Of the 18 manufacturing industries, six reported growth in May: Nonmetallic Mineral Products; Furniture & Related Products; Apparel, Leather & Allied Products; Food, Beverage & Tobacco Products; Paper Products; and Wood Products. Conversely, 11 industries reported contraction: Printing & Related Support Activities; Primary Metals; Transportation Equipment; Petroleum & Coal Products; Fabricated Metal Products; Machinery; Miscellaneous Manufacturing; Electrical Equipment, Appliances & Components; Chemical Products.
• Commodities Up in Price: Alcohols; Crude Oil; Freight (2); Personal Protective Equipment (PPE) (2); PPE—Gloves (3); and PPE—Masks (2).
• Commodities Down in Price: Acrylate Monomers; Aluminum (4); Base Oils; Copper (4); Corn (2); Diesel Fuel (3); Methanol; Nylon; Oil Based Products; Packaging Materials; Plastic Products; Polypropylene; Solvents; Steel; Steel—Carbon; Steel—Cold Rolled; Steel—Hot Rolled (4); Steel—Stainless (2); and Steel Products (2).
• Commodities in Short Supply: Alcohols; Disinfectants & Soaps (2); Disinfectant Wipes; Hand Sanitizer (3); N95 Masks (2); PPE; PPE—Gloves (3); and PPE—Masks (3).
Note: The number of consecutive months the commodity is listed is indicated after each item.
What Industry Professionals Are Saying
• “Despite the COVID-19 issues, we are seeing an increase of quoting activity. This has not turned into orders yet, but it is a positive sign.” (Computer & Electronic Products)
• “Current conditions in the automotive, construction, oil and gas, agriculture equipment and tube/pipe markets are all adversely impacting our business results.” (Chemical Products)
• “We see an issue with suppliers that are affecting production. At the same time, social distancing measures in [the] manufacturing plant and customer demand are impacting the rate of production.” (Transportation Equipment)
• “Increased COVID-19 sales in the food business has really stressed our production capabilities.” (Food, Beverage & Tobacco Products)
• “Fuel sales demand are beginning to rebound in May as stay-at-home orders are lifted across the country.” (Petroleum & Coal Products)
• “Returning to full production for automotive, ramp-up will still depend on speed of automotive start-ups. We have built up inventory to stock. Ready to ship.” (Fabricated Metal Products)
• “Business activity remains strong for consumable applications and very weak in durable segments.” (Plastics & Rubber Products)
• “We have been fortunate that most of our customer base is considered to be a part of the critical workforce, so we have been running at around 80% of our normal production volume.” (Primary Metals)
• “Getting out from under several suppliers being closed worldwide. Also, looking at what really needs to be in China.” (Machinery)
• “We see a lot of positive signs, despite what’s going on. People seem to continue to be building and looking to projects for fall of 2020 and beyond. There is good optimism out there.” (Nonmetallic Mineral Products)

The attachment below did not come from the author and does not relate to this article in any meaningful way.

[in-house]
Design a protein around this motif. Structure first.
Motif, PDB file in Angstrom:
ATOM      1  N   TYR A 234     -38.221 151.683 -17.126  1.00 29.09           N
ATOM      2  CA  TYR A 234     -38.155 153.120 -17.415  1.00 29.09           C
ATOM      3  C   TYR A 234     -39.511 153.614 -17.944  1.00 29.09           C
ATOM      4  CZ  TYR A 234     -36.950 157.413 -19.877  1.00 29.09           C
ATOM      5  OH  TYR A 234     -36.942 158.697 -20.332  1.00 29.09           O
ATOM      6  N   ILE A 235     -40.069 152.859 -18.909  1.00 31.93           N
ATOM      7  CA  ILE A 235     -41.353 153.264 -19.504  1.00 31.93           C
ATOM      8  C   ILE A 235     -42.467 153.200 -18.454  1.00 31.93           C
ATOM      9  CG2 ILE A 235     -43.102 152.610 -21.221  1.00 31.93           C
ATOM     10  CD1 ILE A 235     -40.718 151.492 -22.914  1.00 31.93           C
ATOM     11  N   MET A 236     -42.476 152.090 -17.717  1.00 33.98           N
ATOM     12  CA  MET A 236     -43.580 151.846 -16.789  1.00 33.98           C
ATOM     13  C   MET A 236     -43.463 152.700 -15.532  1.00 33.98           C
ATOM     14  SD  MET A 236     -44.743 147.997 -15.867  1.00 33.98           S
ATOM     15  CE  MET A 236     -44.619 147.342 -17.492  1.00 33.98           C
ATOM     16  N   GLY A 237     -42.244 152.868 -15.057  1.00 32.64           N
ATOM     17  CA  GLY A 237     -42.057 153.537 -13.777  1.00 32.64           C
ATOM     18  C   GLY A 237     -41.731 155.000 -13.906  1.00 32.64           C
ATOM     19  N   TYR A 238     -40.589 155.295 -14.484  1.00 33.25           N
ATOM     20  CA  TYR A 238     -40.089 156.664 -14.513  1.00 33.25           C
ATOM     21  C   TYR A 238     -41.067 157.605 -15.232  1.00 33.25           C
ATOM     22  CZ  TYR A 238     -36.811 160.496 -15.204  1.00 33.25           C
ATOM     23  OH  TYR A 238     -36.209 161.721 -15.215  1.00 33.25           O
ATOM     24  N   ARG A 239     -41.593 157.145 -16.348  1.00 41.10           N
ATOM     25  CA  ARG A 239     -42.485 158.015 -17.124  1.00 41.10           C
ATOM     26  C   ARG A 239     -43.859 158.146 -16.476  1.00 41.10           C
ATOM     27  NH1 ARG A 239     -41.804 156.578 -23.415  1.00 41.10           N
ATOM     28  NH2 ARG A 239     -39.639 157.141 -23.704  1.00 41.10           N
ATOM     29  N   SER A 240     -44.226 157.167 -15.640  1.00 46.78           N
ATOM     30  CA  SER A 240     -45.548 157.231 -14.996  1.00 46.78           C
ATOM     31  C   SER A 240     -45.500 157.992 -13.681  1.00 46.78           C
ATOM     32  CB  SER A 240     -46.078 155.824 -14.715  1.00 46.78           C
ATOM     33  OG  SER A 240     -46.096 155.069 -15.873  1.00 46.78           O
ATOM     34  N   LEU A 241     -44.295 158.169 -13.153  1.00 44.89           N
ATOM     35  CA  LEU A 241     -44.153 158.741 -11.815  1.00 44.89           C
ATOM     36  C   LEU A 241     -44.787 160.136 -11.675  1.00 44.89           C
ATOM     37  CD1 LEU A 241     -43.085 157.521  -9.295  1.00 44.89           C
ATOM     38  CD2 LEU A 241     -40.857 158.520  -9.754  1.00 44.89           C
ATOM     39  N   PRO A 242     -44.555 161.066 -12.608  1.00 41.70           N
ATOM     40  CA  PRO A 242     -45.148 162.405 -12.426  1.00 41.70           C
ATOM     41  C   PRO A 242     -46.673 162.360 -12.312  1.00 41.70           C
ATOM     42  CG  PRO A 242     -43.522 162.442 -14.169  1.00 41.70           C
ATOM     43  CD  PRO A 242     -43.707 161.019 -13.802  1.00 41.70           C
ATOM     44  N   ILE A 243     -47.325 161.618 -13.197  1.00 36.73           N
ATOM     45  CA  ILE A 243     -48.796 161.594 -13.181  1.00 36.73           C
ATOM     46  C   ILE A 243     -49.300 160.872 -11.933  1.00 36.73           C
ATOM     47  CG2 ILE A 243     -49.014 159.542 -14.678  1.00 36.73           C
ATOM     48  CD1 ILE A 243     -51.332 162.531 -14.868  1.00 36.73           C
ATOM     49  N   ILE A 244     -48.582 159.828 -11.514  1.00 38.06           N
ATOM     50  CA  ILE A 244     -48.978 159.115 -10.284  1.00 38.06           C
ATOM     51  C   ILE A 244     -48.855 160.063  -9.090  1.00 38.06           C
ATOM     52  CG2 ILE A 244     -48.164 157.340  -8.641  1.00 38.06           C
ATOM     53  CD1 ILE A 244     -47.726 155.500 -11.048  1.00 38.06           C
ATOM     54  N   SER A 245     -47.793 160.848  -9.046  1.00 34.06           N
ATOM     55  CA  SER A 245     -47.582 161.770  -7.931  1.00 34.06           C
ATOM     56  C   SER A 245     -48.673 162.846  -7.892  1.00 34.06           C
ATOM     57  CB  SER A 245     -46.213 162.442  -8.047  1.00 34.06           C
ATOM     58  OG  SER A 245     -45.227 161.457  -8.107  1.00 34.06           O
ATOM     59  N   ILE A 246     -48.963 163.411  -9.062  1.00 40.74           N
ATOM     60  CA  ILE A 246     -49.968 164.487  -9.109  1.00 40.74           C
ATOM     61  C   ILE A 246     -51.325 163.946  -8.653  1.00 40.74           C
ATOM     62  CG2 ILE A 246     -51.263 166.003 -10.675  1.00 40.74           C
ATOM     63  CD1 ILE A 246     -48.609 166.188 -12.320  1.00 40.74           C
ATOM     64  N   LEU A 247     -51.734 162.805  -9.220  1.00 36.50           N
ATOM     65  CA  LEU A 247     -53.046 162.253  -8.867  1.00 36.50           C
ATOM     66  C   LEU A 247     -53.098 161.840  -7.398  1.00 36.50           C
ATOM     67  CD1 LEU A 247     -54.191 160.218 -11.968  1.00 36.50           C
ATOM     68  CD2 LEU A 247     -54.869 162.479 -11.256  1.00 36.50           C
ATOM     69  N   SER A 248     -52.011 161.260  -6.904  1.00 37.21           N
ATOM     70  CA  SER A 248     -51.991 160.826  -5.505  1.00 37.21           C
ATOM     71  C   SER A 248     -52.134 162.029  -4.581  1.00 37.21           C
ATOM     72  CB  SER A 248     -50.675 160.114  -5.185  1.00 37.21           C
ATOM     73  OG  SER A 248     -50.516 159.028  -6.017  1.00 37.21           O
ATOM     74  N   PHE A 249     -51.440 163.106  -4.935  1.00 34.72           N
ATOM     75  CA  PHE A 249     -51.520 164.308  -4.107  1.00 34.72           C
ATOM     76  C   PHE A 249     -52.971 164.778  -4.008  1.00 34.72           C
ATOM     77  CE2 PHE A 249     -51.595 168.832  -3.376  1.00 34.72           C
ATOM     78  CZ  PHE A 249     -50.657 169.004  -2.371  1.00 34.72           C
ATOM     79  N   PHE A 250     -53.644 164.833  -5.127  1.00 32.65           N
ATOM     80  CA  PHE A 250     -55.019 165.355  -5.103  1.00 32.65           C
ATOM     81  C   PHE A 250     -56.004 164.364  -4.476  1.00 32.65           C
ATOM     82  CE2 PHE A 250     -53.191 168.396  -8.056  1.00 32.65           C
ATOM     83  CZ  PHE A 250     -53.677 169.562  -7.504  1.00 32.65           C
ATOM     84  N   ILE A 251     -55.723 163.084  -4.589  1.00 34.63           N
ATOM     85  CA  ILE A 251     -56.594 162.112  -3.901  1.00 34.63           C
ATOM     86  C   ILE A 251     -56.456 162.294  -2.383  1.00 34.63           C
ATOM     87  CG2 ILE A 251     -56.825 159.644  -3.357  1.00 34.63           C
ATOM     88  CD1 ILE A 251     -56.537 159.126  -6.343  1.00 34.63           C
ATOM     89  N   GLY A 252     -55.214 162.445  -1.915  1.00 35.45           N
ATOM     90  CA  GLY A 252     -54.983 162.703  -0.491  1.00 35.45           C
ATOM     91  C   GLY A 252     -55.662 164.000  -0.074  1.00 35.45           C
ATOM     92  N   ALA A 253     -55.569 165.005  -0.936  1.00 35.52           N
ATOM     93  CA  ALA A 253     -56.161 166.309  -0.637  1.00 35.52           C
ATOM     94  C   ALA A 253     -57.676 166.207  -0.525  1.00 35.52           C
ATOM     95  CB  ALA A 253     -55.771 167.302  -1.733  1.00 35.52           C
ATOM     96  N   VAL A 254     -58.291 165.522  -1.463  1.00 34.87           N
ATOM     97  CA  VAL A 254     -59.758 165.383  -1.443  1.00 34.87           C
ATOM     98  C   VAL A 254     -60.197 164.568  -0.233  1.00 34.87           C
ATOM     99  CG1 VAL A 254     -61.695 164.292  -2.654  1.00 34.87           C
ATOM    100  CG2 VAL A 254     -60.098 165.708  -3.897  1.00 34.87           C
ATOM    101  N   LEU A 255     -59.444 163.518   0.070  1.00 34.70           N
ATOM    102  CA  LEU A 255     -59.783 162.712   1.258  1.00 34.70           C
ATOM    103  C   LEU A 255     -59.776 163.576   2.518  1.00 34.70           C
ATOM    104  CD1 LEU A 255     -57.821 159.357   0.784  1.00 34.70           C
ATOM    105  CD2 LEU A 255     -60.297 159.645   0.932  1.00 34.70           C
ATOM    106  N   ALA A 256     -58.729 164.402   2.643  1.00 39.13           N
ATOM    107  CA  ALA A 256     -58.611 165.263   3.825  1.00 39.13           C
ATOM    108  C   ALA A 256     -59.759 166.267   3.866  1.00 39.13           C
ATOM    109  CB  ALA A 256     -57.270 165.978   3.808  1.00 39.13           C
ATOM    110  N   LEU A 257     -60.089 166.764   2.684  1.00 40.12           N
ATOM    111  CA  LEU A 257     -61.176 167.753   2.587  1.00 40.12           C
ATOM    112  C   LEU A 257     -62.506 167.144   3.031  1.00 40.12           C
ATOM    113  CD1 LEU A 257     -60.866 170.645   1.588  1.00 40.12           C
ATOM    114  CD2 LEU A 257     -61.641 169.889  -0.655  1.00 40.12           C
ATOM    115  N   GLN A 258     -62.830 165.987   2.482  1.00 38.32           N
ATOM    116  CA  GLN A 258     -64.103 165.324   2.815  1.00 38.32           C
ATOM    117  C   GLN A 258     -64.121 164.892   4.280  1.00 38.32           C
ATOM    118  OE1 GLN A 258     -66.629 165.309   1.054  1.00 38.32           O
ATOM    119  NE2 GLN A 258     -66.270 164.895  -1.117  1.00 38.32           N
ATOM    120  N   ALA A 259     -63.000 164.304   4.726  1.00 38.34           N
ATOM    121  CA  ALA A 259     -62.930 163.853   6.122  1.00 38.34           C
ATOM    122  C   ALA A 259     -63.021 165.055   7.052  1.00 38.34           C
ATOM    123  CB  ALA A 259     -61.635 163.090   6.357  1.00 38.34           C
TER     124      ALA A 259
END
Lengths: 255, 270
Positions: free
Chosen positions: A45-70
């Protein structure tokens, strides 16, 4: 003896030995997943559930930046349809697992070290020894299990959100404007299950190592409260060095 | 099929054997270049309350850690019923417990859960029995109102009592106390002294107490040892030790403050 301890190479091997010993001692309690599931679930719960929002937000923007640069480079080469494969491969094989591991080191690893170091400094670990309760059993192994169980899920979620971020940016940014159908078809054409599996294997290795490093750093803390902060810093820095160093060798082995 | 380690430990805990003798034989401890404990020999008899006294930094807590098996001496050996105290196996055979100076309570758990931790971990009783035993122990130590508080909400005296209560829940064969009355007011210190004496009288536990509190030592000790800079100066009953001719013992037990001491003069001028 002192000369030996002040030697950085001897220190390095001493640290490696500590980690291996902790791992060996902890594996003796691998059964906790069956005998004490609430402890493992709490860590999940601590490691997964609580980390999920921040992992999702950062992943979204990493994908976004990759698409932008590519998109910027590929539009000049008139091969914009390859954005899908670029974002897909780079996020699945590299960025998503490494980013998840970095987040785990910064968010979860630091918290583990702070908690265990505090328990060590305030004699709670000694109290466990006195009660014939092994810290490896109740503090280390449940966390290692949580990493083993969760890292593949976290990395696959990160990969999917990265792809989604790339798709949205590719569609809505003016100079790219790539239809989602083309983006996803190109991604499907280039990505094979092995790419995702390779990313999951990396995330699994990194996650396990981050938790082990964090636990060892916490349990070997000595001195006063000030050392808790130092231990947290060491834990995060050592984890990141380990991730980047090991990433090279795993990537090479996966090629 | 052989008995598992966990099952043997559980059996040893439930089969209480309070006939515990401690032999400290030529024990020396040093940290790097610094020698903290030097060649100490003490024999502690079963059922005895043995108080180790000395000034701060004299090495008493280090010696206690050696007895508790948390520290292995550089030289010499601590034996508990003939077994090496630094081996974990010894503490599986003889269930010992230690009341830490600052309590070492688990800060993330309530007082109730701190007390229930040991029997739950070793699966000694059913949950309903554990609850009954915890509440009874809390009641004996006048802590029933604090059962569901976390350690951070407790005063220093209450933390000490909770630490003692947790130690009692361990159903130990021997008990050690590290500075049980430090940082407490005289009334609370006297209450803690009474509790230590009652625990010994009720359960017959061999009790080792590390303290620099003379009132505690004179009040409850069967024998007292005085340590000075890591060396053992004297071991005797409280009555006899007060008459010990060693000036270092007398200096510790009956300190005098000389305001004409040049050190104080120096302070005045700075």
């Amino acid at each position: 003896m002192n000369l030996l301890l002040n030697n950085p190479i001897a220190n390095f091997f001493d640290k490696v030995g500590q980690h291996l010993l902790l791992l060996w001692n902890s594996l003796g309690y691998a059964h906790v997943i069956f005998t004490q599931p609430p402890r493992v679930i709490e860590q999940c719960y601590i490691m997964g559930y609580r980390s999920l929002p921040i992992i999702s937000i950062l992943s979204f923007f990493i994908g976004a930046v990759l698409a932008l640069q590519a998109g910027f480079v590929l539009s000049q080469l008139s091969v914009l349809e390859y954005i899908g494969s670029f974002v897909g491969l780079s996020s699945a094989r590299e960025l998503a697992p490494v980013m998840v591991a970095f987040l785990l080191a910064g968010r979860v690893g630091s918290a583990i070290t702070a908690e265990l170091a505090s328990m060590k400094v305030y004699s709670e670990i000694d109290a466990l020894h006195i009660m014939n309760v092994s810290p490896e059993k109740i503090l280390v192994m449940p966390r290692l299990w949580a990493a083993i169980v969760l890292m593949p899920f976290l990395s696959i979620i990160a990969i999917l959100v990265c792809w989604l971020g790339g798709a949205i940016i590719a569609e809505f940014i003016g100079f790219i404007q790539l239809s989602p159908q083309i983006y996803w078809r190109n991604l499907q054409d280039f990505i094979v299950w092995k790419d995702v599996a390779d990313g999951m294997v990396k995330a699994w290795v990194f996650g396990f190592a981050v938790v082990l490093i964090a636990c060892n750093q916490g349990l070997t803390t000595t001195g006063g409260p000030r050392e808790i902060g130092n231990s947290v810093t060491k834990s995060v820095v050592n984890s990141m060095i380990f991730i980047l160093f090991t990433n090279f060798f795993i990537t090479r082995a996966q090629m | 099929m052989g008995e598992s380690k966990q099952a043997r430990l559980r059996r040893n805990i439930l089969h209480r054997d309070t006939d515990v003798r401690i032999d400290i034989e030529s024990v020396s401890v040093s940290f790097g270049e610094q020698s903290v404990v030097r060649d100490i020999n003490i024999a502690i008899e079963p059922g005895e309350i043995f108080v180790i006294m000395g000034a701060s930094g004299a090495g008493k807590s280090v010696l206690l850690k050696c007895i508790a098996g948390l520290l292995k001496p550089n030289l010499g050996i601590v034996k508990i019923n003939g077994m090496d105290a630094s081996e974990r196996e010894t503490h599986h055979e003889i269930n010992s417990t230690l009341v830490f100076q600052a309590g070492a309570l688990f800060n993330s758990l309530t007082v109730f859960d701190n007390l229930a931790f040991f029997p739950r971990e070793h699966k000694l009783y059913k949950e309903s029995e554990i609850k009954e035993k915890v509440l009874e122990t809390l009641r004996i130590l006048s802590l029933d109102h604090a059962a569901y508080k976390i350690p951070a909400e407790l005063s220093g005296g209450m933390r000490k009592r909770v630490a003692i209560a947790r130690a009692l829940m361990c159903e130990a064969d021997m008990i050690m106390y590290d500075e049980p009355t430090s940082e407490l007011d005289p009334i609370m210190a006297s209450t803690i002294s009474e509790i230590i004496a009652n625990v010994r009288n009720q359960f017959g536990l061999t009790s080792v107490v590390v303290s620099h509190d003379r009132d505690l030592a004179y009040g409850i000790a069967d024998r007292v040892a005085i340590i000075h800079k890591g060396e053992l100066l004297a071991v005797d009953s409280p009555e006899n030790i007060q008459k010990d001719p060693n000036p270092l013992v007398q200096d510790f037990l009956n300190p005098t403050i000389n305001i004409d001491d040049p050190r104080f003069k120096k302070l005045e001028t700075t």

New Export Orders*
ISM®’s New Export Orders Index was 39.5% in May, up 4.2 percentage points compared to the April reading of 35.3%. It is the second-lowest reading since March 2009 (39.4%). “The New Export Orders Index again contracted heavily, but at a slower rate compared to April. One of the six big industry sectors, Food, Beverage, Alcohol & Tobacco Products, expanded softly,” added Fiore.
During May, Paper Products and Food, Beverage & Tobacco Products reported growth in new export orders, while the other 12 industries noted a decrease—Nonmetallic Mineral Products; Transportation Equipment; Printing & Related Support Activities; Miscellaneous Manufacturing; Fabricated Metal Products; Primary Metals; Furniture & Related Products; Plastics & Rubber Products; Electrical Equipment, Appliances & Components; Machinery; Computer & Electronic Products; and Chemical Products.
ISM®’s Imports Index was 41.3% in May, down 1.4 percentage points compared to the 42.7% reported during April. “For the fourth consecutive month, imports were in contraction territory. This is the index’s lowest reading since May 2009, when it registered 38.5%. Imports contraction continues due to a lack of demand in the U.S. manufacturing economy, as well as suppliers continuing to experience difficulty in refilling the inventory pipeline as a result of the Lunar New Year and COVID-19 impacts,” explained Fiore.
Apparel, Leather & Allied Products; Paper Products; and Food, Beverage & Tobacco Products reported growth in imports during May, while the remaining 12 industries noted a decrease—Printing & Related Support Activities; Transportation Equipment; Primary Metals; Furniture & Related Products; Machinery; Miscellaneous Manufacturing; Chemical Products; Nonmetallic Mineral Products; Fabricated Metal Products; Computer & Electronic Products; Plastics & Rubber Products; and Electrical Equipment, Appliances & Components.